The Relationship between Homelessness and Ritalin Addiction

The Relationship between Homelessness and Ritalin Addiction

In 2010 the New York State Office of Alcoholism & Substance Abuse Services (OASAS) reported that homelessness in America can be chronic, episodic or situational, and each pattern of homelessness can relate to addiction. Addiction can lead to unstable housing, especially from losing a home due to job loss, spending money on drugs rather than rent or eviction due to involvement in the drug culture. Addiction can also result from unstable housing, as people who face homelessness due to financial stress often turn to alcohol or drugs as a way to cope. In either case, homelessness has become a generational problem for some families.

How Homelessness Begins

The beginnings of America’s homeless population can be traced to the 1960s, as patterns of behavior changed and more people experimented with drugs. The aforementioned OASAS report found that the epidemic of addiction during those years touched all races, classes and socio-economic groups, and this exploded into homelessness. Homeless Vietnam veterans were joined by adult men and women who were released from mental institutions, as well as young people who “aged out” of foster care. Modern homelessness now encompasses Iraq and Afghanistan war veterans, who join many Vietnam veterans who deal with disenfranchisement from drug addiction. Episodic homelessness can now be traced for at least three generations in many families.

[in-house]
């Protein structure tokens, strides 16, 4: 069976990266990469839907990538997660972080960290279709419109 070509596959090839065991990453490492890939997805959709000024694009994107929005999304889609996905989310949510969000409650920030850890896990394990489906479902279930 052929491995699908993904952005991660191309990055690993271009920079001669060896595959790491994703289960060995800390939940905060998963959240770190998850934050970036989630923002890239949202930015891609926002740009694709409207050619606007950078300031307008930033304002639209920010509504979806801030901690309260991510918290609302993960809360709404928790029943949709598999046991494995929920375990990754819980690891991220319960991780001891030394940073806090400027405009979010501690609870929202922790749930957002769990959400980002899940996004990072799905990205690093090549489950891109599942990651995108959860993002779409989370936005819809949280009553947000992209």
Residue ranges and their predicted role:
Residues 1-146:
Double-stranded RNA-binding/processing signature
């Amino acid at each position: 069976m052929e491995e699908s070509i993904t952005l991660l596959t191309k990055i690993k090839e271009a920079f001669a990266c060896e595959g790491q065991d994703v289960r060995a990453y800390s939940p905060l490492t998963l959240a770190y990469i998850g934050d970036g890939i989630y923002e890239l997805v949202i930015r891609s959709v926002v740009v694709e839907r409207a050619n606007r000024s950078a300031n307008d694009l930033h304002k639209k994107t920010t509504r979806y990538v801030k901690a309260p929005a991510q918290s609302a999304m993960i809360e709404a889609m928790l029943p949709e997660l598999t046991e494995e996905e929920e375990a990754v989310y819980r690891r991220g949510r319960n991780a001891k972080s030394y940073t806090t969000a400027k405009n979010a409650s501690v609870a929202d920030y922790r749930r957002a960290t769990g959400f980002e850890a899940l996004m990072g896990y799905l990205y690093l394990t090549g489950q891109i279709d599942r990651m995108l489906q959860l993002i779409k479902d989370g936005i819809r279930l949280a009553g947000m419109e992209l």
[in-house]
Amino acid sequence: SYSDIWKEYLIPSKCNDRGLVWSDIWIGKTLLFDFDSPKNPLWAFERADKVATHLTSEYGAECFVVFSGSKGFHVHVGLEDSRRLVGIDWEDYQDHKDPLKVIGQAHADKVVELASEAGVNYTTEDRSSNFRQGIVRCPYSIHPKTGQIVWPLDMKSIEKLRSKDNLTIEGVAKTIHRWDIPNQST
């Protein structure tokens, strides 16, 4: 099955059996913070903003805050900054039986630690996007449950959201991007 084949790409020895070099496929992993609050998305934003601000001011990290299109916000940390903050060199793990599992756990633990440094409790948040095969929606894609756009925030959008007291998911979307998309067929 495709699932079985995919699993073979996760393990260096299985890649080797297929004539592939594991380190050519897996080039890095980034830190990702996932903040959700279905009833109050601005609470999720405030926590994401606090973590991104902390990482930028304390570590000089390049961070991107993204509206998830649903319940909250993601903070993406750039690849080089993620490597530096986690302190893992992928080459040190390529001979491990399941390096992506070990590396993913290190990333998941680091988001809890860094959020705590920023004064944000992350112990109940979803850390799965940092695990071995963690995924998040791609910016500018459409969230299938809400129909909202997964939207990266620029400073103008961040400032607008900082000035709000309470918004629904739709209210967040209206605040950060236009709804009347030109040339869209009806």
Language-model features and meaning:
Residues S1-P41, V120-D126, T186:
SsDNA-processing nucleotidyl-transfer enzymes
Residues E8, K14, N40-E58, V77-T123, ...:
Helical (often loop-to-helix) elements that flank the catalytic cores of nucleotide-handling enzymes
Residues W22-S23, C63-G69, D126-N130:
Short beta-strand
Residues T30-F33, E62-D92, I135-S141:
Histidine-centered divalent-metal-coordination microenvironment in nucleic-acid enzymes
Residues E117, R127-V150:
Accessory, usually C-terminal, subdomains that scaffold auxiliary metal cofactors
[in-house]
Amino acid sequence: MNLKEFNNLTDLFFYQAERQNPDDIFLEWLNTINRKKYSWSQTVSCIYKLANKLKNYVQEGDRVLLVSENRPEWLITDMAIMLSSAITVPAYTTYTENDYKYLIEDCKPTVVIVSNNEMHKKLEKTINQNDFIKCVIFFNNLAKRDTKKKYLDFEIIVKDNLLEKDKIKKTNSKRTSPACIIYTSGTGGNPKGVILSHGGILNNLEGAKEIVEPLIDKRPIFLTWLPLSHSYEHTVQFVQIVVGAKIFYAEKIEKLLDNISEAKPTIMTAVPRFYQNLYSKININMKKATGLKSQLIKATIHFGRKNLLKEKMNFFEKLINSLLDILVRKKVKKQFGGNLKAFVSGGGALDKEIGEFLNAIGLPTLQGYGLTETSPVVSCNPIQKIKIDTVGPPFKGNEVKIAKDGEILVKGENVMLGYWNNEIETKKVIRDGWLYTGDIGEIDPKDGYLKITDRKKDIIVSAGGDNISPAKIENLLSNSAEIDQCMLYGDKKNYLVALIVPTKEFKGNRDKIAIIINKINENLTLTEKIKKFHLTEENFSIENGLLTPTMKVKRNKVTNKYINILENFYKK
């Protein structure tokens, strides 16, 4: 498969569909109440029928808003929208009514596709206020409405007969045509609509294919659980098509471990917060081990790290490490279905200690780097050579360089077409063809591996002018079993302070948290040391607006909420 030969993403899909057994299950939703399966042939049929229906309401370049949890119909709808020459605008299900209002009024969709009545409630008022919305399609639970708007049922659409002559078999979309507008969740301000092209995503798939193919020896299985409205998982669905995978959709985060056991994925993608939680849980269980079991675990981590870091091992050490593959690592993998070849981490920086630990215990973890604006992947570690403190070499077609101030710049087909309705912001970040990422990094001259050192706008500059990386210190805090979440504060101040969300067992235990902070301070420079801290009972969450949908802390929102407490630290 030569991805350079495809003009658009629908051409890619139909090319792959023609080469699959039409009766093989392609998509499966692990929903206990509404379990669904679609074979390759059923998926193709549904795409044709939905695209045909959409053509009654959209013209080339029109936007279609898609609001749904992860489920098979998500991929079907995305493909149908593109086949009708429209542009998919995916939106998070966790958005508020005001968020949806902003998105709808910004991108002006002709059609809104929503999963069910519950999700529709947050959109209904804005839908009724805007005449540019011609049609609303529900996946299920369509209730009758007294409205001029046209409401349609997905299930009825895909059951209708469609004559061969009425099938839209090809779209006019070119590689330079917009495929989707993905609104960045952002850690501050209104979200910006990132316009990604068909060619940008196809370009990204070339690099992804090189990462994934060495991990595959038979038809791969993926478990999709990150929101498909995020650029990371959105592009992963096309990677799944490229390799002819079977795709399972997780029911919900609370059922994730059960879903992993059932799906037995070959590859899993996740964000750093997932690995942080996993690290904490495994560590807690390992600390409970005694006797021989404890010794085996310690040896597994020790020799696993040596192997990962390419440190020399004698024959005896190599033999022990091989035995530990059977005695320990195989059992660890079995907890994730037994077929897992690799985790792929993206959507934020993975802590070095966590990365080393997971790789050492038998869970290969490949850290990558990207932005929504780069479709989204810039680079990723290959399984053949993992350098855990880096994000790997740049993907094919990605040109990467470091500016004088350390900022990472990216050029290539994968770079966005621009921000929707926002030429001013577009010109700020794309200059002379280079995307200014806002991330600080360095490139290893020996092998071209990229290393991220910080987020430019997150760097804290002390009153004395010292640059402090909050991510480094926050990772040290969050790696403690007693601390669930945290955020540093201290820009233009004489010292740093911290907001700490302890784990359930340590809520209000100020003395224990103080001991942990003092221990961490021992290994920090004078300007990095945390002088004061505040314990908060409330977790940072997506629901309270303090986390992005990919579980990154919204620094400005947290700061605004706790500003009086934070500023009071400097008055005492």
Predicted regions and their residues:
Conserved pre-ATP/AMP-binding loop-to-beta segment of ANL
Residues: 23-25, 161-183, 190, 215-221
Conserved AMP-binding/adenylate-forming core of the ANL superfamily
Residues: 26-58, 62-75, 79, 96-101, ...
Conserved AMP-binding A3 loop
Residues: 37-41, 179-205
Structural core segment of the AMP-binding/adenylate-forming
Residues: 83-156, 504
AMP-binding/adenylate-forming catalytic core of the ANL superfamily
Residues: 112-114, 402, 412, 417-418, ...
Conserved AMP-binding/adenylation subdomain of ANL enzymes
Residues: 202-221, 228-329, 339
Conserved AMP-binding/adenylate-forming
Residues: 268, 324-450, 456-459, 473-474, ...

How Homelessness Relates to Addiction

Being able to trace homelessness back 50 years has helped state governments understand the connection between unstable housing and addiction. People with a family or personal history of addiction are more likely to become homeless than those from a non-addictive background. Children now make up a large percent of the homeless population, because they follow their addicted parents from shelter to shelter and learn a life that entails it and drug abuse. This creates a new problem, as generational homelessness is producing young people who know no other way of life. Groups like New York’s OASAS work with this group of homeless families by providing rehab, affordable housing and stable jobs. By providing Permanent Supportive Housing, groups like OASAS are working to address the needs of these individuals while strengthening community economics.

Homelessness and Ritalin

The homeless problem takes on a slightly different challenge with Ritalin addiction. Ritalin controls the symptoms of attention deficit hyperactivity disorder, so adults who use Ritalin may have been diagnosed with the disorder at very young ages. Over time, doctors increase the dosages to deal with the changes in a patient’s weight and behavior, but somewhere along the way users may abuse the drug and become addicted. When addicted, people use the drug in larger amounts than prescribed, which can lead to drug-seeking behaviors like stealing or doctor shopping. In this way, a drug meant to help now controls the individual, which can lead to losing a job, family and home.

Help for Homeless Ritalin Addicts

Ritalin is highly addictive, and it can cause serious problems if people use it in higher amounts or for longer than prescribed. If you or a loved one struggles with Ritalin addiction, know that we are here to help you. Our admissions coordinators are available 24 hours a day at a toll-free helpline to answer your questions about addiction and to help you find treatment.